Banner Health McKee Medical Center

SPR 2017

Spirit of Women magazine is a national publication presented to women by hospitals and their physicians. The magazine provides up-to-date, evidence-based healthcare information and promotes our hospitals as leaders in women's health excellence.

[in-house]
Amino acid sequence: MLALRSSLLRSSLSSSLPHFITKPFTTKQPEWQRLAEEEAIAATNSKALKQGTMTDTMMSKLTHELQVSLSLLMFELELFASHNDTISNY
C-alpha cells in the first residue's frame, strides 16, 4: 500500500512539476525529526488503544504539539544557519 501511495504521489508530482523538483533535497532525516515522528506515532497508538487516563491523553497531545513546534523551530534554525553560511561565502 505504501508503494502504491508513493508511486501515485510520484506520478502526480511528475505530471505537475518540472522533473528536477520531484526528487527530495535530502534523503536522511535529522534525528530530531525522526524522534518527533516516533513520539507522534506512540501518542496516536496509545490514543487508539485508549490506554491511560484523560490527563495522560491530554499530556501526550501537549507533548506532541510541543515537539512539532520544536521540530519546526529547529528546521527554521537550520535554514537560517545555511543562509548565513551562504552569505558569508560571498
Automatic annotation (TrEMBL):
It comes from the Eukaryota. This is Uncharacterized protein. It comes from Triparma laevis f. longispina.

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19 medication only occasionally and for a short period of time. But there's no one size fits all when it comes to sleeping aids. "Some sleep medication helps you fall asleep, and others work on both falling asleep and staying asleep," says Dr. Raskin. Rather than heading straight to an over-the-counter remedy, choosing the best medication should involve a conversation with your primary care physician and maybe even a sleep specialist to discuss your symptoms. He or she can help rule out an underlying medical condition, such as sleep apnea, a common yet serious sleep disorder that causes you to stop breathing momentarily during sleep, says Dr. Raskin. At the doctor's visit, you'll need to describe your specific problem. It is falling asleep or staying asleep? Is it early morning awakening? Is it that you think you slept, but you wake up feeling exhausted? If falling asleep is the issue, your healthcare provider may recommend melatonin, a natural hormone made by your pineal gland to induce sleepiness (usually around 9 p.m.), and sold as an over-the-counter supplement. If you have trouble staying asleep, the remedy may be doxylamine succinate (Unisom) or diphenhydramine (Benadryl), which works by blocking histamine, a brain neurotransmitter, to help you fall asleep and stay asleep. Sleep Rx Prescription medication can also be helpful, such as zolpidem (Ambien) and eszopiclone (Lunesta), which induce sleep by causing the brain to release more gamma-aminobutyric acid (GABA), a sleep-inducing chemical. However, both drugs have the potential to impair memory and lead to dementia with long-term use, says Dr. Raskin. Sleep tweaks Another prescription medication, doxepin (Silenor), has no addiction potential. Like non-prescription diphenhydramine, it works on the brain's histamine receptors to help you stay asleep. A newer prescription sleep aid, suvorexant (Belsomra), works by blocking orexin, a brain chemical that causes alertness. "It turns off the brain's alertness signals and may be effective for people who say they can't fall asleep because their brain is so activated," says Dr. Raskin. Be aware that any sleep medication has side effects and may even cause rebound insomnia: When you stop the drug, the insomnia can be worse than when you started. Overall, Dr. Raskin recommends using sleep medication for as short a time as possible, as advised by your health care provider. "I try to find the right drug for the right patients, if they need drugs at all," says Dr. Raskin. S Before heading to the doctor about your sleep problem, do a little homework, say the experts. "Analyze your life, your priorities and your schedule," says Terry Cralle, RN, co-author of "Sleeping Your Way to the Top: How to Get the Sleep You Need to Succeed" (Sterling, 2016). "There could be some simple natural fixes that will help with your sleep and avoid the need for medication." Try these strategies to help say goodnight to insomnia: • Darken your bedroom. Light is alerting. Invest in room-darkening shades that block moonlight and early morning sun. If you get up during the night, use a nightlight to find the way rather than turning on a bright light. • Wear yourself out. "Exercise is incredibly helpful for sleep," Cralle says. It helps you fall asleep faster and stay asleep longer. If you can't get to the gym, take a 10-minute walk at lunch or opt for the stairs instead of the elevator. • Cut back on caffeine. A stimulant like caffeine is a sleep stealer. If sleep is a problem, try avoiding caffeine after lunch. "I have patients who do 4:30 p.m. Starbucks runs, and they wonder why they can't sleep," Cralle says. • Power down. The light from your computer and smartphone can interfere with your brain's melatonin production. At least an hour before bed, turn off your devices. "Do something relaxing that doesn't require an electronic," Cralle says, such as taking a bath, having a cup of chamomile tea or coloring in an adult coloring book. "It's all about putting sleep first and making it a priority." Why sleep matters Sleep is the ultimate fatigue fighter— and it's also the cornerstone of your health and wellbeing. "Sleep is as important as eating right and exercising regularly," says Dr. Damon Raskin, a sleep medicine specialist affiliated with Concierge Choice Physicians in Pacific Palisades, Calif. Regularly missing out on nightly rest, in fact, can increase your risk of chronic conditions such as high blood pressure, obesity, diabetes and even cancer, according to the Centers for Disease Control and Prevention. "A lack of sleep can also worsen the pain of arthritis and fibromyalgia," says Dr. Raskin, and put you at increased risk for anxiety and depression.

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